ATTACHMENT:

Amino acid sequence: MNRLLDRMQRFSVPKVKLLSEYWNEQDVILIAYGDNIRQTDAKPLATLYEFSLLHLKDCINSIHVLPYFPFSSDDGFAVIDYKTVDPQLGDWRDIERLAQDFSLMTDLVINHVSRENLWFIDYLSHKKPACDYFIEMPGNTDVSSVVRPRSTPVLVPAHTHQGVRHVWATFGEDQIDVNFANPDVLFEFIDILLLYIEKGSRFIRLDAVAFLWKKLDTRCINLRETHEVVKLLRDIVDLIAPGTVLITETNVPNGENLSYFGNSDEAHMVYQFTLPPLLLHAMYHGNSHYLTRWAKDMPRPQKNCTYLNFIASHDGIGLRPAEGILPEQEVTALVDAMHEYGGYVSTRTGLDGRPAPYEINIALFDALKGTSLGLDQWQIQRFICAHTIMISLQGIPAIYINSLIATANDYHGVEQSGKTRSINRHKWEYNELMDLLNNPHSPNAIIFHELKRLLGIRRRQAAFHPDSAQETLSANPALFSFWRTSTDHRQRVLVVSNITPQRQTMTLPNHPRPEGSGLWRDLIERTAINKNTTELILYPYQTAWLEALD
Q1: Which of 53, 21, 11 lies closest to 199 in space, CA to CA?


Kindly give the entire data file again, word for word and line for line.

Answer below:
Amino acid sequence: MNRLLDRMQRFSVPKVKLLSEYWNEQDVILIAYGDNIRQTDAKPLATLYEFSLLHLKDCINSIHVLPYFPFSSDDGFAVIDYKTVDPQLGDWRDIERLAQDFSLMTDLVINHVSRENLWFIDYLSHKKPACDYFIEMPGNTDVSSVVRPRSTPVLVPAHTHQGVRHVWATFGEDQIDVNFANPDVLFEFIDILLLYIEKGSRFIRLDAVAFLWKKLDTRCINLRETHEVVKLLRDIVDLIAPGTVLITETNVPNGENLSYFGNSDEAHMVYQFTLPPLLLHAMYHGNSHYLTRWAKDMPRPQKNCTYLNFIASHDGIGLRPAEGILPEQEVTALVDAMHEYGGYVSTRTGLDGRPAPYEINIALFDALKGTSLGLDQWQIQRFICAHTIMISLQGIPAIYINSLIATANDYHGVEQSGKTRSINRHKWEYNELMDLLNNPHSPNAIIFHELKRLLGIRRRQAAFHPDSAQETLSANPALFSFWRTSTDHRQRVLVVSNITPQRQTMTLPNHPRPEGSGLWRDLIERTAINKNTTELILYPYQTAWLEALD
Q1: Which of 53, 21, 11 lies closest to 199 in space, CA to CA?